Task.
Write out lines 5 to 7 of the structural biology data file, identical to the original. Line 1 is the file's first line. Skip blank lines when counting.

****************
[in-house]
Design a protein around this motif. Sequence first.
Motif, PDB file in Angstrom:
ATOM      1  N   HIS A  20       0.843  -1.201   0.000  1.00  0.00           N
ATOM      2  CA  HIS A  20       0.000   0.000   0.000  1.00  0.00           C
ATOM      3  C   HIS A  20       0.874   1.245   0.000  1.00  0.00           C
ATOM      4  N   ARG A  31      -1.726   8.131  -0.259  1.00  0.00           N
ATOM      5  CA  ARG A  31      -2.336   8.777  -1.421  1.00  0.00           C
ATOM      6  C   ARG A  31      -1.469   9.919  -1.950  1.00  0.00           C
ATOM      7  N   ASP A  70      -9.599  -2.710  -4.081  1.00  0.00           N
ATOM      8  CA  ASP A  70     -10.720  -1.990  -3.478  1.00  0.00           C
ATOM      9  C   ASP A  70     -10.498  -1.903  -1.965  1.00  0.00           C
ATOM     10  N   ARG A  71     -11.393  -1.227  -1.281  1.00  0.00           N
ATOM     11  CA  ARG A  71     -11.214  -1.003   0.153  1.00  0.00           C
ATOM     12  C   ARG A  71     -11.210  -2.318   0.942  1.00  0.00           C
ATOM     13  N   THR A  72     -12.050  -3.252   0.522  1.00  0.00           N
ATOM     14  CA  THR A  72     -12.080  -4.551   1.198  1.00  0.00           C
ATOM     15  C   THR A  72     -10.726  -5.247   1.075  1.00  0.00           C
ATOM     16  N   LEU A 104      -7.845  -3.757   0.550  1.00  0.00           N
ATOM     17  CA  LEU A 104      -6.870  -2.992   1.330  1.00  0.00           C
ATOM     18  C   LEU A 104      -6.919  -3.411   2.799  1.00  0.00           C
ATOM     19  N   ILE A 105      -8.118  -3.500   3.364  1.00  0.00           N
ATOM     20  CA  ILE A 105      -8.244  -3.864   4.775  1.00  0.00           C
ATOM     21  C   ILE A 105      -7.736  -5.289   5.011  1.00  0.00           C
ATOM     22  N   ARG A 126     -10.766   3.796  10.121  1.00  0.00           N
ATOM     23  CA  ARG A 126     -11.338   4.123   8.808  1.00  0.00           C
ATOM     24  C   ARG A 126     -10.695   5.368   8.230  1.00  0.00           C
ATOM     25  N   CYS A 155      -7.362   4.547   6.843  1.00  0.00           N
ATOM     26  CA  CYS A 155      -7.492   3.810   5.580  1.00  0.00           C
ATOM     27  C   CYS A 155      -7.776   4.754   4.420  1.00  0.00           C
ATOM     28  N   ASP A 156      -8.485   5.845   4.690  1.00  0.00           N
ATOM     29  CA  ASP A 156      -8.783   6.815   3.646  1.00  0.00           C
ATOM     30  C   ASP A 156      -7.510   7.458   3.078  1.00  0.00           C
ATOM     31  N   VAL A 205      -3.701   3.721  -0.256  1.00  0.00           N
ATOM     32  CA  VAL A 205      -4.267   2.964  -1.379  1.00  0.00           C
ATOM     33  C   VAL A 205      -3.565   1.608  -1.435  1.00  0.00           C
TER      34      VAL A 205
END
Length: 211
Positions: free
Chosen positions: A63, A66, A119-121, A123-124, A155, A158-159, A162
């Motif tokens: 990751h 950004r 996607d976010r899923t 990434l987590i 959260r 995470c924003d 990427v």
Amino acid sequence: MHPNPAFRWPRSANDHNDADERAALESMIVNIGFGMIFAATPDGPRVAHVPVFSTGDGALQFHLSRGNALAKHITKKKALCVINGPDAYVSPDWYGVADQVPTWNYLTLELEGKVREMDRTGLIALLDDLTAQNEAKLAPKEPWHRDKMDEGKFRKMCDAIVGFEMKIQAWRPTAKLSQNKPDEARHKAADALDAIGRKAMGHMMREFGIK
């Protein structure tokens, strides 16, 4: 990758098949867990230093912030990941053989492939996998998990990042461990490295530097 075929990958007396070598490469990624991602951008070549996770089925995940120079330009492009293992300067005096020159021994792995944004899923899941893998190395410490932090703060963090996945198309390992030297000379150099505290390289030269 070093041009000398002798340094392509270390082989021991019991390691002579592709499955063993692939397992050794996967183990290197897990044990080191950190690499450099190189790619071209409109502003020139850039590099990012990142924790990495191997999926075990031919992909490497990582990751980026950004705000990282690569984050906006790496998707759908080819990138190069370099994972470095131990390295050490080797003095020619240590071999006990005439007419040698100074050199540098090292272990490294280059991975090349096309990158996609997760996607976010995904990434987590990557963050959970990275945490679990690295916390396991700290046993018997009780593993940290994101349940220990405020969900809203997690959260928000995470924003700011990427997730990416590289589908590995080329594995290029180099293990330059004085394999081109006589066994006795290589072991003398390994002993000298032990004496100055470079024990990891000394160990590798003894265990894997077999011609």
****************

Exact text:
ATOM      2  CA  HIS A  20       0.000   0.000   0.000  1.00  0.00           C
ATOM      3  C   HIS A  20       0.874   1.245   0.000  1.00  0.00           C
ATOM      4  N   ARG A  31      -1.726   8.131  -0.259  1.00  0.00           N